One thing I especially liked was this:
It is, I believe, a diagram of a realistic path to success.
From the bottom up
At the bottom are people who "want to" write, maybe write a very little, but abandon it and don't move on to the next level.
Next up are people who are trying to learn something about writing, through books, conferences, classes, critique groups.
And some from that group will actually finish their novels.
And while they try to find a publisher for that finished novel, they start a new one (or ones), because most people don't have their first novels published. (For me, it was my fourth book. It sold in three days. It was like a seven-year, overnight success.)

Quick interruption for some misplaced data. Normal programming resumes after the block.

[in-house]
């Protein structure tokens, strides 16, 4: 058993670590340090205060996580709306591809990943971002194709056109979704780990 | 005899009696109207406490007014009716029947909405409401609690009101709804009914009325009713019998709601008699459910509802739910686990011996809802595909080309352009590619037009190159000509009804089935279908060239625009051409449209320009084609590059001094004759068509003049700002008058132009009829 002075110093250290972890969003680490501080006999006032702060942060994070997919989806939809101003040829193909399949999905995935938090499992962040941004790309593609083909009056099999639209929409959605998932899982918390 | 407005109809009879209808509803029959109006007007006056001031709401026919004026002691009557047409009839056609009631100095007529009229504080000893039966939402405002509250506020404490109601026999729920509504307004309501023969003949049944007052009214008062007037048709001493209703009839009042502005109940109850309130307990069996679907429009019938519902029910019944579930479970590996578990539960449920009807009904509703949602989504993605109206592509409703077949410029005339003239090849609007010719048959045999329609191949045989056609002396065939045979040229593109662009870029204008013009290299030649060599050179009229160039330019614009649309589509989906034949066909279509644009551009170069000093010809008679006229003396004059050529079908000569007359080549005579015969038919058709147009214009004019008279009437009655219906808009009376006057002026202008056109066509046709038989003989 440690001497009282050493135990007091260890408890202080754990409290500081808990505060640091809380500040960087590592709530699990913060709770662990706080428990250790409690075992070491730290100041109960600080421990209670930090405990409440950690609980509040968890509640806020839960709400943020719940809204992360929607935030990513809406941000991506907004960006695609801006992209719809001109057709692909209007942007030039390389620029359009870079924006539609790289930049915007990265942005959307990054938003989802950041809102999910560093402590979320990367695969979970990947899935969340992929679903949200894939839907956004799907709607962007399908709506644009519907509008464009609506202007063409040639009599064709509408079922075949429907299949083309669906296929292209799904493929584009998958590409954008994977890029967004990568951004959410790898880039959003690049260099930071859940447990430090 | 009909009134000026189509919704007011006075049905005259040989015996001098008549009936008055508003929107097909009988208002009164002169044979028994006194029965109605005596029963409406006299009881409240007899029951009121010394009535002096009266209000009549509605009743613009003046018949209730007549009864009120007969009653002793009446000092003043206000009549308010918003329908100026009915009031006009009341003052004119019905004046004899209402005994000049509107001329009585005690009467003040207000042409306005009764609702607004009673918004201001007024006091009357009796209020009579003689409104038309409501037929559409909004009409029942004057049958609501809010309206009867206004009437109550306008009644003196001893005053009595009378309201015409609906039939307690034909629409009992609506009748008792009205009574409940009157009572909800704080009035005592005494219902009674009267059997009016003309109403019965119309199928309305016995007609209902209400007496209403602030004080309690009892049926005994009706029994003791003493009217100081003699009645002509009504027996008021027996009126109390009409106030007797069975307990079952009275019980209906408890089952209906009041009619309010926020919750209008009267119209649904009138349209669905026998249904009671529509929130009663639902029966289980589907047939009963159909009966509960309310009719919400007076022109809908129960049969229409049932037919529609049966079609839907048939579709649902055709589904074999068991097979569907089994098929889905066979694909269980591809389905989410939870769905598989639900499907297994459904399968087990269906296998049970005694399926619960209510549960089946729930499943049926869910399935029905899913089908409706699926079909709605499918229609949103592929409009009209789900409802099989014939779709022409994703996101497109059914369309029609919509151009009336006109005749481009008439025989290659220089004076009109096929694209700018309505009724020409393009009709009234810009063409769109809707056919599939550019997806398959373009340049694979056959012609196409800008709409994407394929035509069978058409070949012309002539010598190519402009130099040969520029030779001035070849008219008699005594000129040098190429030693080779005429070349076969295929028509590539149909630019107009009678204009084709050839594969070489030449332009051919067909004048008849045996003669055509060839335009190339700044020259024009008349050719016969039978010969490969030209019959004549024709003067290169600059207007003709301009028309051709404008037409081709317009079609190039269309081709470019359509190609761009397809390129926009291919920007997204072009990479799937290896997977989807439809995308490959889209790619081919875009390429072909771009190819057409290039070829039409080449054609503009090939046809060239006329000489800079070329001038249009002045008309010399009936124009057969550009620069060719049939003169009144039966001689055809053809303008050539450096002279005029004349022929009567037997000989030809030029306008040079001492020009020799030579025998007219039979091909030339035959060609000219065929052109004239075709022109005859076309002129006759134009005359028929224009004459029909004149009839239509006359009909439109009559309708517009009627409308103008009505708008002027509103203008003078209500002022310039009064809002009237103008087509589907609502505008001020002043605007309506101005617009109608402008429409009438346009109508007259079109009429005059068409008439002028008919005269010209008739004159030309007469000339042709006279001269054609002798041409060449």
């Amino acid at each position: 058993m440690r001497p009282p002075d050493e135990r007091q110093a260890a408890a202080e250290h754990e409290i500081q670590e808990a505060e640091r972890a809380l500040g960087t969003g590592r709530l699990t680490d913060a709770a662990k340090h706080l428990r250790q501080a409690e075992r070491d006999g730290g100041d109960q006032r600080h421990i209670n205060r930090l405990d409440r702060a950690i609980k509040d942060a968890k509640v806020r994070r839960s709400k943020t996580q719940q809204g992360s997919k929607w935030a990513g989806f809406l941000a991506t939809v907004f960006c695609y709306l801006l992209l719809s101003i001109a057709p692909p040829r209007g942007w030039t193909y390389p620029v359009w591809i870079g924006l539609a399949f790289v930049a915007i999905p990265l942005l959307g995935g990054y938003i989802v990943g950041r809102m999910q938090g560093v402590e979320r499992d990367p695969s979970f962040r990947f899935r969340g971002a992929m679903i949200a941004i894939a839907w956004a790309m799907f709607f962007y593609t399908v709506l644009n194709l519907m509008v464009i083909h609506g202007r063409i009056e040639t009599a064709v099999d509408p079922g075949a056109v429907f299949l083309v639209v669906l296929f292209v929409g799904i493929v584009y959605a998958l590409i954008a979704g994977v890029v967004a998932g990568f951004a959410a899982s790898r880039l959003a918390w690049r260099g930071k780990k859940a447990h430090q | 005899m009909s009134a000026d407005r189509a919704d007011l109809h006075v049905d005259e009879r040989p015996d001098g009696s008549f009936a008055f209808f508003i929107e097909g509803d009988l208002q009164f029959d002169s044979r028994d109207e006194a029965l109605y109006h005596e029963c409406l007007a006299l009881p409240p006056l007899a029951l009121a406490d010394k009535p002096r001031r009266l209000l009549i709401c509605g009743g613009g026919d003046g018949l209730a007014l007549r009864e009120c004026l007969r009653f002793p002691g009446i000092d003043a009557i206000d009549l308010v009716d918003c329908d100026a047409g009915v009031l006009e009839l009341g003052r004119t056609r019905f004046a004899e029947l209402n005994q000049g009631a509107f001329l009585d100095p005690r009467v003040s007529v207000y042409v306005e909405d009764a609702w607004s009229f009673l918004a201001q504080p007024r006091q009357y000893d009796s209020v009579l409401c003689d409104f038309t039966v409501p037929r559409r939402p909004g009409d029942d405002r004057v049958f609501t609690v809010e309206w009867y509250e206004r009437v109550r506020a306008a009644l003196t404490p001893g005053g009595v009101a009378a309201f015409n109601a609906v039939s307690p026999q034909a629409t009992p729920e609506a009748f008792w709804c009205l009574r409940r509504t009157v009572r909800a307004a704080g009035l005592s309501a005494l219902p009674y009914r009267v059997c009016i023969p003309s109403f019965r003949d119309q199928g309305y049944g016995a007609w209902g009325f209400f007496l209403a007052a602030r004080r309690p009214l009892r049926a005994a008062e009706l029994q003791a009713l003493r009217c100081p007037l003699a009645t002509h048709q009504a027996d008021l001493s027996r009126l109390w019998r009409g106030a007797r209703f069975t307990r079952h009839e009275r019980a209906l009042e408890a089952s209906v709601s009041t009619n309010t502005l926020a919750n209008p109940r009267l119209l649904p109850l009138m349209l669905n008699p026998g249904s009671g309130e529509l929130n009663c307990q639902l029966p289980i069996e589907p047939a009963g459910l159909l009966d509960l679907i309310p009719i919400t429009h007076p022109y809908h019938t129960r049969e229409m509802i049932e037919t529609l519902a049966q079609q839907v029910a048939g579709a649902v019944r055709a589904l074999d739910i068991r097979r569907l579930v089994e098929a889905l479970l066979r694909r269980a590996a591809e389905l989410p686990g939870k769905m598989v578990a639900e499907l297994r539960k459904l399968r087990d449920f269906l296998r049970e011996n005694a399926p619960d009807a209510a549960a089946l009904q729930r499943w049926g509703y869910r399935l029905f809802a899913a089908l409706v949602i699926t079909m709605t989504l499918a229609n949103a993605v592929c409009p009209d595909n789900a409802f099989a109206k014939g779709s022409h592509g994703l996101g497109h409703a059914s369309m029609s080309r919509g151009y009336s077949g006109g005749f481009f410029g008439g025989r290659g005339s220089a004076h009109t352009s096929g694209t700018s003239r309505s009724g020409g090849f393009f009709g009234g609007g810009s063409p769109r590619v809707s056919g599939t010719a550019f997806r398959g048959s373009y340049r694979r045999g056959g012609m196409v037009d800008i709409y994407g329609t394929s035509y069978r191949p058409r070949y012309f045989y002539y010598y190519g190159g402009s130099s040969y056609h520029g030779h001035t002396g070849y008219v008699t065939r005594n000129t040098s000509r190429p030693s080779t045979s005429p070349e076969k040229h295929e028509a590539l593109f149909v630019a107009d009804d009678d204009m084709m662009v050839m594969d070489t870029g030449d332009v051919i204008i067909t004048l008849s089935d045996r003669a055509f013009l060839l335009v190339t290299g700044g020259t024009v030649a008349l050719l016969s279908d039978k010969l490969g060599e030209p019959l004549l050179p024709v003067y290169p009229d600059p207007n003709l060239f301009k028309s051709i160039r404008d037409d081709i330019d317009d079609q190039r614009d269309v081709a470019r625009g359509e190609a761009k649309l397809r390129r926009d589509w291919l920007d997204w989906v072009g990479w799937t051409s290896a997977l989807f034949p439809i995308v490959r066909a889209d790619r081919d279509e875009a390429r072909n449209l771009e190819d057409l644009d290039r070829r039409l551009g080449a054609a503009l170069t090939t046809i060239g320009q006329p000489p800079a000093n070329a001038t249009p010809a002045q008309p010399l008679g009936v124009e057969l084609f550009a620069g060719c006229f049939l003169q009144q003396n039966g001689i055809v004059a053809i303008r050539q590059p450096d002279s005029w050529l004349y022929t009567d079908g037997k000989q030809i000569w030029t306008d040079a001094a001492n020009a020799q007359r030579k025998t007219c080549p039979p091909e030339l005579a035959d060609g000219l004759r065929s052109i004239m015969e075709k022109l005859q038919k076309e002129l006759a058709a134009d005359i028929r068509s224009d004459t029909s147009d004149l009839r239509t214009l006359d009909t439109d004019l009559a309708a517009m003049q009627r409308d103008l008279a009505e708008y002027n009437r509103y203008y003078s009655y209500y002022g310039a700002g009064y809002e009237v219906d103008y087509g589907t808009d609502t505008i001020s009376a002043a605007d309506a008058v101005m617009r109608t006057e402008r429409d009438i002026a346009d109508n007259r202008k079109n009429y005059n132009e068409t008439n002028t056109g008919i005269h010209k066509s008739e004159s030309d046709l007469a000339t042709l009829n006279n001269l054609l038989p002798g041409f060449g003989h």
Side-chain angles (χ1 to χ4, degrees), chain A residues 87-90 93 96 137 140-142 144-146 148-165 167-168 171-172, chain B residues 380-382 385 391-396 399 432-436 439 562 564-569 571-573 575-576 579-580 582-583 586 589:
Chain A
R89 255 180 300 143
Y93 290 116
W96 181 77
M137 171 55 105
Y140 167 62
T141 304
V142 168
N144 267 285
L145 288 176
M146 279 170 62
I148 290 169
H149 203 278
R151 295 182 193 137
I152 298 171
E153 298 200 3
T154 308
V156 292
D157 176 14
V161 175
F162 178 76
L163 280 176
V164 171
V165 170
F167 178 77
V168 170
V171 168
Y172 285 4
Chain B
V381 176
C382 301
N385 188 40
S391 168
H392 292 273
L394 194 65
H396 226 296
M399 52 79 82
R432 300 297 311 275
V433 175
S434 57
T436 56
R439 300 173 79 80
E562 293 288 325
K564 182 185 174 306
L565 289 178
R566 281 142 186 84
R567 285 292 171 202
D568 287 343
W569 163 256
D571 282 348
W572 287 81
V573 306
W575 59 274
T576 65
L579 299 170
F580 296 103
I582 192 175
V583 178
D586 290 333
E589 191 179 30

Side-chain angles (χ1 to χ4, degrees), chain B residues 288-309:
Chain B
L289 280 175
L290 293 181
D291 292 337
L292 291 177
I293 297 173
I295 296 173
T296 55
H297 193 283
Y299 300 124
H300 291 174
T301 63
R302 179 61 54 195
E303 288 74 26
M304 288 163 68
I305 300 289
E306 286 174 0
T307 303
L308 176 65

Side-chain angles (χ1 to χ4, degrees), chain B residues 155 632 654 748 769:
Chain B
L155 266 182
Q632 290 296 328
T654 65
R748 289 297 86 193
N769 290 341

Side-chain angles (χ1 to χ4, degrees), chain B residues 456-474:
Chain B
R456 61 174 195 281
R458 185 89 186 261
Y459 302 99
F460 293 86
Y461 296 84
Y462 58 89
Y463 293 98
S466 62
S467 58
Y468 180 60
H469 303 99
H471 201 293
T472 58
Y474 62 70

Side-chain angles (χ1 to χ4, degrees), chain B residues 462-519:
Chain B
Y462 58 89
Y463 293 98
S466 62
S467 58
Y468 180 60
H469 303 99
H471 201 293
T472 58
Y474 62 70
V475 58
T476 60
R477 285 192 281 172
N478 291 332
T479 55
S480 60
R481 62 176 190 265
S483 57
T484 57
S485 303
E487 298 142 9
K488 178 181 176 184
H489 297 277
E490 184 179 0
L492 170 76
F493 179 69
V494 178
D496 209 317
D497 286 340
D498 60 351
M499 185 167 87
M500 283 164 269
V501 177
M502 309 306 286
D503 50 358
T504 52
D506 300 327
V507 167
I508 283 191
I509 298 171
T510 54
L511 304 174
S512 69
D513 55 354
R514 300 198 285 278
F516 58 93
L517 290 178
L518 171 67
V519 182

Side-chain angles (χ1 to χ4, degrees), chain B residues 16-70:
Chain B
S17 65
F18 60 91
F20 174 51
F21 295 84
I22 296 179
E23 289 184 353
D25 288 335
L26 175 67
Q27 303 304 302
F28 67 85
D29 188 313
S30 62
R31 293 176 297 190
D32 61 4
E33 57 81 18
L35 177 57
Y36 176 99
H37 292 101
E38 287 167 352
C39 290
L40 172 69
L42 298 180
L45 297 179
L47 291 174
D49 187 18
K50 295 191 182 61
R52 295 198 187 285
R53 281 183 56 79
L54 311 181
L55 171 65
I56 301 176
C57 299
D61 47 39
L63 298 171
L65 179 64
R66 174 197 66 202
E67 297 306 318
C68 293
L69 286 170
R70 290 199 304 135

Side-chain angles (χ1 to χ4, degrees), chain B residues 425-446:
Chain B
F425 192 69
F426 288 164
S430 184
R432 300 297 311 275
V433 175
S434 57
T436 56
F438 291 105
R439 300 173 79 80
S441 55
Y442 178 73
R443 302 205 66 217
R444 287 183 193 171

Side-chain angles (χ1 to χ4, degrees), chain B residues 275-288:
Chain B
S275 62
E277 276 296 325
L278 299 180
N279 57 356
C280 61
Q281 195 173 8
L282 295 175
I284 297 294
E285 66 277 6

If they persevere, if they keep learning, keep writing, then eventually they get published.
And if keep at it, they are multi-published. (Are there times when your career might seem dead, when you can't get anyone to bite, even after you are published? For me, yes, there have been times. But I always figured the only one who could take me out of the game was me.)
And James Bell's diagram shows that having a breakout hit is not something you can really control. Every now and then the Ferris wheel dips down and picks you up and carries you off. I had that happen last year when Lis Wiehl's and my first book together showed up on the NY Times bestseller list.